Another shortcoming of man is his imagined ability to teach himself. This is another artifact of ego’s design. As he is, man possesses no true will, and is therefore incapable of committing himself to anything, in addition he hasn’t the tools nor the knowledge to teach himself. Therefore, in order to be taught, a man must become sincere with himself and the ego must be humbled.
As soon as the ego is sufficiently broken, a man may realise the need for a teacher. The teacher will be one to whom the so-called ‘will’ of the student must be surrendered for a period of time. This period of access allows the teacher to create veridical will within the student, after which time the student may be capable of directing his self-will, bringing about the possibility of further development.
Our developmental goal in Music is to become a ‘musician’ with a capital M and without quotation marks. This development is likely to take many years. If we are to become this type of being, we are to answer to a higher calling than that of ego which dictates trendy styles, or strange and unconventional behaviour. These are typical distinctions of guitar slamming morons.
Morons are of no use to Music. It normally takes them more time to get properly dressed and made-up for a performance than they ever commit to the practice of Craft. Getting all decorated to play guitar is unnecessarily hard work. Striking artfully masculine or feminine postures, and flailing the instrument with energetic flourishes may be entertaining, but are all uncalled for when they are merely part of a calculated act. Worse yet, the quality of the music generally suffers.
But as Mr. Fripp stated, being a slob is hard labour.
Let us return to our example involving the idea of equality, or as I refer to it, man’s ‘mirage of perfection’.
With equality, there would be no struggle, and without struggle, there would be no friction, and without friction there would be no tension; without tension there would be no movement, and without movement, there would be no development. Consider the tuned and plucked string in contrast to the slack, resting string. The taut string ‘neutralises’ a specific quantity of tension, struggle, and friction, through the development of the sounded note, full of possibilities. The string at rest exhibits none of these properties. Without movement, neither time nor music exists. But as artists we are in luck, for we have an universal supply of tension, struggle, friction, and unrest.
Our purpose in Music is to become the messenger which the aforesaid qualities may resolve themselves through. Alchemising the raw articles of discord, chaos, and disarray, we convert them into their polar opposites. The resulting sounds should sooth the soul, for this is the true purpose of music. Our job in Music is to make ourselves available.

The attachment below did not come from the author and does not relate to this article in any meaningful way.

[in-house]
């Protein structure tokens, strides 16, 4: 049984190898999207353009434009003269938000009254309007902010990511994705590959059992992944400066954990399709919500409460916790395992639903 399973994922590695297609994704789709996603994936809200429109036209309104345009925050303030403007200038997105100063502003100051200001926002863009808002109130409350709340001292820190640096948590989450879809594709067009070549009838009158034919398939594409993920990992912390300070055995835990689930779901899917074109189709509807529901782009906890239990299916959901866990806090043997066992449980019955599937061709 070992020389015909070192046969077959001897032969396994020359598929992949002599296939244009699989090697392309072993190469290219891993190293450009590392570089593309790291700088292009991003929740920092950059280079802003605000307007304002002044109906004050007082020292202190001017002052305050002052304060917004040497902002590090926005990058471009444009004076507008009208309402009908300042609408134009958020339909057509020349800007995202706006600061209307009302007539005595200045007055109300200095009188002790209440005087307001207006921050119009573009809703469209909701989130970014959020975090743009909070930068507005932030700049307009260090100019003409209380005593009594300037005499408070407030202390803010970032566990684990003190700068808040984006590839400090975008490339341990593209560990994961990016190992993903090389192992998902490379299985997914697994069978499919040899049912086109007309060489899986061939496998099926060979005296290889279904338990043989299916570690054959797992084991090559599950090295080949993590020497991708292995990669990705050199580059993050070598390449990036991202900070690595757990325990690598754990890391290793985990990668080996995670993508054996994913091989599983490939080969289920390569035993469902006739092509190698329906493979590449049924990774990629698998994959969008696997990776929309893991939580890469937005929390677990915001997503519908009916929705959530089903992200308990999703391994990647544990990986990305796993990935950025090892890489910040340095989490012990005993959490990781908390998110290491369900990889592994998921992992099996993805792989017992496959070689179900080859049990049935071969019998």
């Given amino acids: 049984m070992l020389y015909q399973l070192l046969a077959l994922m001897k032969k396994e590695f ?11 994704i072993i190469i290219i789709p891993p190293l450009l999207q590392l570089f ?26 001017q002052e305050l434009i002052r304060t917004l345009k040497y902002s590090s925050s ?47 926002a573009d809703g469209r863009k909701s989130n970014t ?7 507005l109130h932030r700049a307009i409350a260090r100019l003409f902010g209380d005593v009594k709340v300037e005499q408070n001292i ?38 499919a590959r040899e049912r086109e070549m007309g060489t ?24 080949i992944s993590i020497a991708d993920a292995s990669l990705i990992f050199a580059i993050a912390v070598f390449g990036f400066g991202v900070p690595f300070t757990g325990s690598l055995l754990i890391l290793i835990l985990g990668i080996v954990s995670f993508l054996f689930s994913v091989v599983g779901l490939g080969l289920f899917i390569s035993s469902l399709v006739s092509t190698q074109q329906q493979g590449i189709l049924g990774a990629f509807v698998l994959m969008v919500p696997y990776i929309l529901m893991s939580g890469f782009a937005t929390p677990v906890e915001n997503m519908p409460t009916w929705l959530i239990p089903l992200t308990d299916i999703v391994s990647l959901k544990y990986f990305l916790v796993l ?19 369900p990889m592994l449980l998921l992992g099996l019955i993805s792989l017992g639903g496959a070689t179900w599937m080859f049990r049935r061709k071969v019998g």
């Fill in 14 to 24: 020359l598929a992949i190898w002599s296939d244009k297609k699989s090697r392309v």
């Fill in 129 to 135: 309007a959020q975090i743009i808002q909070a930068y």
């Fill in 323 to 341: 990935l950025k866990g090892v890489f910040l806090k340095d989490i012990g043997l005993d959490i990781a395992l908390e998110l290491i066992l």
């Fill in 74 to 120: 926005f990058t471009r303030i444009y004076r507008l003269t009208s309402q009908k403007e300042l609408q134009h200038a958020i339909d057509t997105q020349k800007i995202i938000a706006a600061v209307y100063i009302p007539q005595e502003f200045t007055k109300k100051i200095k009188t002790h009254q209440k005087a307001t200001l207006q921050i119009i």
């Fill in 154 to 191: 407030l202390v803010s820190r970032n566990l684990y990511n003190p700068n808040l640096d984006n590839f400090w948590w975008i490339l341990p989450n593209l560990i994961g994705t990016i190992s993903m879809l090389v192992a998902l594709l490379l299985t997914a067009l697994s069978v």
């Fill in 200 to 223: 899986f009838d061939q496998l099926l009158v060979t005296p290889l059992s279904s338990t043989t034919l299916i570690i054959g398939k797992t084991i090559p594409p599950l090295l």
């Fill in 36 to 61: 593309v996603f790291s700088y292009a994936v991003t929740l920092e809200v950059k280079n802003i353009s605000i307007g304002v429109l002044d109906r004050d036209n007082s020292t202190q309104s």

Morons, having been given precedence over the musical landscape by money hungry ‘producers’, and due to their musical obfuscation, have caused great harm to the soul of music. They have disoriented the consumer, and they have assaulted Music, much as a leech might attach itself to its host, and drained it of a great deal of its medicinal properties.
It is always easy to identify these musical imposters. The music that they make is always of a coarser texture than the raw materials used in making it. The subject matter is generally inflamatory, espousing anger, and radiating negative energy. Individual pieces rarely seem to resolve musically, and the favoured frequencies tend toward the extremes with very little utilisation of the midrange frequencies.
The flourishing genres of darkwave, gangsta rap, techno-industrial, noise, porn groove, and death metal are the most common carriers. Coincidentally, this type of anti-music is most often created by those individuals who arrogate peace and ‘equality’, but whose works often share their hatred, betray their underlying disdain for women or anyone who disagrees with them, and their nazi-like proclivities.
Another of Mr. Fripp’s aphorisms applied here might be: Everything we are is revealed in our playing.
Music can assist us in finding ourselves, but only if we go forward with the expectations of finding ourselves. If we pursue music in a foolish attempt to ‘become someone else’, we will never find anything of lasting value.
One individual who said it best was also a member in an extremely successful tribute band. “It was like being a drag-queen man,” he said. “After playing for half my life, pretending to be [someone else], I realised one day that I’d allowed him to make a failure out of the musician that I should have been.”
The argument has been put forward that those driven to produce music typically suffer some emotional instability or trauma inflicted during childhood, and therefore seek out music to deal with the affect of the scars. Whereas this myth may sound a ring of truth, it is a canard on the whole. Many musicians have been known to suffer from nothing more than normality, but it seems that those with the aforementioned formatory defects end up receiving the bulk of the attention, if only because they appear more exciting.